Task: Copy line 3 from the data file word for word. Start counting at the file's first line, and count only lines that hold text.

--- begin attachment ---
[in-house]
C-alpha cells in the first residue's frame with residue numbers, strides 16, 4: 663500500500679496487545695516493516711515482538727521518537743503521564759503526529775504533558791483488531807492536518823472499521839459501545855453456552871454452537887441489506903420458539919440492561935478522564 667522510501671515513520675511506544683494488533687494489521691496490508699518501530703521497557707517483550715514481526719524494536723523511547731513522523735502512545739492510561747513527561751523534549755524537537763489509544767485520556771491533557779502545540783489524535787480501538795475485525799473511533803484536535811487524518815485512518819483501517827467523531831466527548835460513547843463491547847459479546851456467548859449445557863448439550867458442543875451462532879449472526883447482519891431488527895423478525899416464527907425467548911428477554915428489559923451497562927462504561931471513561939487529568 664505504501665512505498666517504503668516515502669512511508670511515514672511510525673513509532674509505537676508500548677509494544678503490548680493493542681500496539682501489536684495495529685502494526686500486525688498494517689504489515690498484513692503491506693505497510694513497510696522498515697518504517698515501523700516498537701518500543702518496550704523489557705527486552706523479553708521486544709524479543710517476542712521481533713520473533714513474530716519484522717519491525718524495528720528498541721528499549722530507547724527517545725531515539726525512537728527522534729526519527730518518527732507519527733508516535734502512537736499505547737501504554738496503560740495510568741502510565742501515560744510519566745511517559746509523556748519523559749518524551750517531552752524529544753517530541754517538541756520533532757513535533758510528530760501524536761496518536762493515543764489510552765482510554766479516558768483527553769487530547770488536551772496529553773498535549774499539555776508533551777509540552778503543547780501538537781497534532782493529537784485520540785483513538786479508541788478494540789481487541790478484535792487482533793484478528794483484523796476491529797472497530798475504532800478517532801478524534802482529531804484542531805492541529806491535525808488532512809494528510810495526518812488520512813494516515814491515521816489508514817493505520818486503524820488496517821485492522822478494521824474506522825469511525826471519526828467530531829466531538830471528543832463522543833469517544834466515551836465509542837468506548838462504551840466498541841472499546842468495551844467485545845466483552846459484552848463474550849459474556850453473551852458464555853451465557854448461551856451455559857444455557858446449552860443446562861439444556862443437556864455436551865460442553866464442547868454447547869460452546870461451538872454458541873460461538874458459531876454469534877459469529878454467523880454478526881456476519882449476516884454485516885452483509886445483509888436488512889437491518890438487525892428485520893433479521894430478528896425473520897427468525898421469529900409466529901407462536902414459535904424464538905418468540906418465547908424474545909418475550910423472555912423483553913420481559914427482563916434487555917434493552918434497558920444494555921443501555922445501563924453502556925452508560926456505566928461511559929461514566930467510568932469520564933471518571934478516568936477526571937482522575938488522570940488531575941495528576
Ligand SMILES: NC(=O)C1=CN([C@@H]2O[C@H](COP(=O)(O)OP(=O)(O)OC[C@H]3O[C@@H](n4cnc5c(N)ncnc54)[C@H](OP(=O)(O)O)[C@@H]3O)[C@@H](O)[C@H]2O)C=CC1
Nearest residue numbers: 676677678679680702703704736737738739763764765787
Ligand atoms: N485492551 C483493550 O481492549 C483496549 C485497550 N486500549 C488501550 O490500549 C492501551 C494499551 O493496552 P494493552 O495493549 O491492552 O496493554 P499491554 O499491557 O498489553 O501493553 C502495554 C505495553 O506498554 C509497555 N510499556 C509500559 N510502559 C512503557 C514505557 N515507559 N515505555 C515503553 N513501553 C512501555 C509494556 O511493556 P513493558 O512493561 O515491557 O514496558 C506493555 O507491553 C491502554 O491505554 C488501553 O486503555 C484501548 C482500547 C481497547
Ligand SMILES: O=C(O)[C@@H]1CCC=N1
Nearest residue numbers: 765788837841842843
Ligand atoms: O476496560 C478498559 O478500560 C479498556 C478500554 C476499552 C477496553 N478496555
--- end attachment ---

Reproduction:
Ligand SMILES: NC(=O)C1=CN([C@@H]2O[C@H](COP(=O)(O)OP(=O)(O)OC[C@H]3O[C@@H](n4cnc5c(N)ncnc54)[C@H](OP(=O)(O)O)[C@@H]3O)[C@@H](O)[C@H]2O)C=CC1